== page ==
Title: Nurse Betty
Play time: 1h 50min
Director: Neil LaBute
Screenwriters: John C. Richards
Starring: Aaron Eckhart, Chris Rock, Renée Zellweger, Greg Kinnear, Morgan Freeman.
Schizophrenia may be a serious medical condition but according to Hollywood, it is one big barrel of laughs. Jim Carrey’s Me, Myself and Irene earlier this year and now Neil LaBute’s Nurse Betty have both played off the notion that crazy people are funny. But while Irene was nothing more than a silly gross-out comedy, Betty seems to have more in mind. This bizarrely funny satire/allegory from the maker of heavier fare such as In the Company of Men works on a surprising number of levels, not the least of which is perhaps the first human Renee Zellweger performance I have ever seen.
Scene Preview of Nurse Betty the Film
One of the first scenes has Betty Sizemore, a waitress in a restaurant, watching her favorite television soap opera while on the job. She is utterly captivated and when a customer (who happens to be Morgan Freeman, playing a professional criminal) literally yells at her to refill his coffee, she leans back and pours a perfect cup without taking her eyes off the television screen.
Later, she borrows a car from her sleazy husband Del’s dealership, comes home and sits down to watch yet another episode of her soap while her husband is meeting with a couple of thugs in the next room. Apparently, Del has something they want hidden in the trunk of one of his cars. As she is watching, she sees him be brutally scalped and killed right in front of her eyes. This is a traumatic experience; so traumatic, in fact that reality and the events in the soap opera get mixed up in her head. Suddenly, she thinks that she is one of the characters on the show and embarks on a quest to find the fictional Dr. David Ravell (the actor who plays Ravell is played by Greg Kinnear) whom she thinks she dumped at the altar years ago.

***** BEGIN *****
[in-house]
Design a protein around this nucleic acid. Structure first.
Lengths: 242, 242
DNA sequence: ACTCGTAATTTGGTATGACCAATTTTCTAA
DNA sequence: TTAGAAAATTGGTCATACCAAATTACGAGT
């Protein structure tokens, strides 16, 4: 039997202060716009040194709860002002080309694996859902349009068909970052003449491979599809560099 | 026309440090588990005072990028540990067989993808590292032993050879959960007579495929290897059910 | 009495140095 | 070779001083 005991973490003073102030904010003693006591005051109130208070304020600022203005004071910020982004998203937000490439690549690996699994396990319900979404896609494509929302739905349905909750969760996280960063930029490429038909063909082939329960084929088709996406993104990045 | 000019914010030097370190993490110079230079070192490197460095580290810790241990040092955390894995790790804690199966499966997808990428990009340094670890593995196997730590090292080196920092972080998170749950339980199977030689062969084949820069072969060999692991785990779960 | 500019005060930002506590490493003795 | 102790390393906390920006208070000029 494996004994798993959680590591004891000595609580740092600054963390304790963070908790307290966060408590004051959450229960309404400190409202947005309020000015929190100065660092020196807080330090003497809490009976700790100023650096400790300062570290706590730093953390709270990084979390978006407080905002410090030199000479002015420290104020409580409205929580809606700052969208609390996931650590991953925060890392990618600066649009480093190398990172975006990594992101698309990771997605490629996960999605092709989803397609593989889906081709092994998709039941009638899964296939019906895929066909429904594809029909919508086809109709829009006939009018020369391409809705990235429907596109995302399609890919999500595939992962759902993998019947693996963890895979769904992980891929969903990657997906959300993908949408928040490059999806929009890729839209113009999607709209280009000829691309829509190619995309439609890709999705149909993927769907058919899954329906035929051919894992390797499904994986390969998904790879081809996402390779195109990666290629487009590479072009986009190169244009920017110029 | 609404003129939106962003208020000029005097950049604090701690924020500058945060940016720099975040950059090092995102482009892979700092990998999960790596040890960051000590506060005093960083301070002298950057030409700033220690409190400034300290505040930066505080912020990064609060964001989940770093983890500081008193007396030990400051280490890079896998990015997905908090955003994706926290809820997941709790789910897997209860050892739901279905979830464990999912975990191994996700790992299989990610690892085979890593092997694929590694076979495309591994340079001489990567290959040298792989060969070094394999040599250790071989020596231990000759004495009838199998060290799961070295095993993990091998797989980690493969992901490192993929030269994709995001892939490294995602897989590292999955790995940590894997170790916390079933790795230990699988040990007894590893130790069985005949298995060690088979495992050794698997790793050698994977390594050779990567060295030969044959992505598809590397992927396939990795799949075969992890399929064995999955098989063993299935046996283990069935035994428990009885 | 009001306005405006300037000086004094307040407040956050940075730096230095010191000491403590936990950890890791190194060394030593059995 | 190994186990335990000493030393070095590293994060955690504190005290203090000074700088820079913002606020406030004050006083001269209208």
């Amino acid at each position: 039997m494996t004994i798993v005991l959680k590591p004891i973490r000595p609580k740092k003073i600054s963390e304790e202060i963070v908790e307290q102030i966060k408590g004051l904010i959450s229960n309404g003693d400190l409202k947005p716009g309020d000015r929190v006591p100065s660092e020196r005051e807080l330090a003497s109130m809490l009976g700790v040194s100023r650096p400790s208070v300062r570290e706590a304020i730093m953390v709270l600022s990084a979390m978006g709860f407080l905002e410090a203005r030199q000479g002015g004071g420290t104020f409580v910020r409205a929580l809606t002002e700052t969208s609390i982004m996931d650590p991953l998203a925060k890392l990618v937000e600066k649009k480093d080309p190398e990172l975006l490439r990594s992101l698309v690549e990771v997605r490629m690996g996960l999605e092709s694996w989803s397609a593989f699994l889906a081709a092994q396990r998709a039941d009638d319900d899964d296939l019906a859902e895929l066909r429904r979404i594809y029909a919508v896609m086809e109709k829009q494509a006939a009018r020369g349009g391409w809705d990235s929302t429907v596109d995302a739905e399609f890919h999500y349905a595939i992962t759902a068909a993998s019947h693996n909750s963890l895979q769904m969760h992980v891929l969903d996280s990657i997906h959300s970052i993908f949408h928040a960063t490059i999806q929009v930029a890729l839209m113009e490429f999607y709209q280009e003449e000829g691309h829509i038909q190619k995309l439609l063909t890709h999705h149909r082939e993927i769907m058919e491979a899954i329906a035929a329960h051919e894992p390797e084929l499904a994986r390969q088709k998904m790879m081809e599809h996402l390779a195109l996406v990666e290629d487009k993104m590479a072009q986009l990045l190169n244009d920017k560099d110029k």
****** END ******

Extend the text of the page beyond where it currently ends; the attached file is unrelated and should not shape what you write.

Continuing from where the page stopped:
The crooks who murdered Del (Morgan Freeman and Chris Rock, who met Betty earlier in the coffee shop) realize that a) they can’t find the loot and b) Betty was a witness. They decide to go after her; meanwhile, she travels to LA where she searches for the nonexistent hospital where her lover supposedly works.
Nurse Betty is Quirky, Unusual & Funny
Nurse Betty is quirky, unusual and often very funny but it has a devastatingly sad undercurrent. While Betty is in love with someone who doesn’t even exist, Morgan Freeman’s character falls for the impression he got from Betty in the coffee shop that one afternoon. When he finds out about Betty’s mental disorder he throws a fit. “She wouldn’t do that! Not my Betty!” Both of these people are infatuated with a figment of someone’s imagination.
Here, LaBute reveals an unexpected skill (unexpected after the blunt frankness of his first two films) of taking deadly serious material and packaging it in a lighthearted exterior. The movie definitely plays Betty’s often poignant confusion for laughs but it is never unfaithful to its central theme of people looking for love outside of the real world.
One of Renee Zellweger Best Acting Performance
The biggest surprise that’s in store for us, however, is the performance of Renee Zellweger. In a review of her last movie, I called her “curiously untalented” and now I find myself having to eat my words. Here she is a revelation — funny, poignant and almost painfully sincere. She does more with her role that I would have expected from anyone. I don’t care what she does in her next two (2) movies; her incredible turn here easily makes up for her past mediocrities and will easily make up for a few more if she feels she must return to her old ways.
Nurse Betty is probably one of the most unusual films I’ve seen this year, original in almost every possible way. This is certainly a change of pace for Neil LaBute and it’s good to see him expand his filmmaking horizons beyond the nasty, feel-bad comedy that seemed to be his previous specialty. Nurse Betty is a revelation.